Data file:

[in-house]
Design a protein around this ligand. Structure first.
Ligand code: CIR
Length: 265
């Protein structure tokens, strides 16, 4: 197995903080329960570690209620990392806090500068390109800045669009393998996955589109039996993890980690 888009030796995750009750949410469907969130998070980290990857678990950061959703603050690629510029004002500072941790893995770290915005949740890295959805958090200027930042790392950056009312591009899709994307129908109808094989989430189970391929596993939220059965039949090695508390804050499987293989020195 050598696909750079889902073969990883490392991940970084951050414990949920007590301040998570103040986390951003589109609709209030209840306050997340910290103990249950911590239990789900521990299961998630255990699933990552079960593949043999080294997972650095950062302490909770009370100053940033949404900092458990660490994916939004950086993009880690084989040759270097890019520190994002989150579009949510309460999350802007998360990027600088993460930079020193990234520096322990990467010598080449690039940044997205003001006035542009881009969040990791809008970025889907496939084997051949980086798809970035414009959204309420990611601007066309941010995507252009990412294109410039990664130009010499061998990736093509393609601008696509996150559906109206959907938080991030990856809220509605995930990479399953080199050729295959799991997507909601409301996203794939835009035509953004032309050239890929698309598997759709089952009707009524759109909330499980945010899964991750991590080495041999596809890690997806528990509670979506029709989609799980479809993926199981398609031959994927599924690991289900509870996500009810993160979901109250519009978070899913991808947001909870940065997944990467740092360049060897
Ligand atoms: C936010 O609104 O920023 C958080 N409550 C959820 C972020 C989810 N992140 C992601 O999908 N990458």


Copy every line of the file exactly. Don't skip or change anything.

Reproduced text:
[in-house]
Design a protein around this ligand. Structure first.
Ligand code: CIR
Length: 265
């Protein structure tokens, strides 16, 4: 197995903080329960570690209620990392806090500068390109800045669009393998996955589109039996993890980690 888009030796995750009750949410469907969130998070980290990857678990950061959703603050690629510029004002500072941790893995770290915005949740890295959805958090200027930042790392950056009312591009899709994307129908109808094989989430189970391929596993939220059965039949090695508390804050499987293989020195 050598696909750079889902073969990883490392991940970084951050414990949920007590301040998570103040986390951003589109609709209030209840306050997340910290103990249950911590239990789900521990299961998630255990699933990552079960593949043999080294997972650095950062302490909770009370100053940033949404900092458990660490994916939004950086993009880690084989040759270097890019520190994002989150579009949510309460999350802007998360990027600088993460930079020193990234520096322990990467010598080449690039940044997205003001006035542009881009969040990791809008970025889907496939084997051949980086798809970035414009959204309420990611601007066309941010995507252009990412294109410039990664130009010499061998990736093509393609601008696509996150559906109206959907938080991030990856809220509605995930990479399953080199050729295959799991997507909601409301996203794939835009035509953004032309050239890929698309598997759709089952009707009524759109909330499980945010899964991750991590080495041999596809890690997806528990509670979506029709989609799980479809993926199981398609031959994927599924690991289900509870996500009810993160979901109250519009978070899913991808947001909870940065997944990467740092360049060897
Ligand atoms: C936010 O609104 O920023 C958080 N409550 C959820 C972020 C989810 N992140 C992601 O999908 N990458």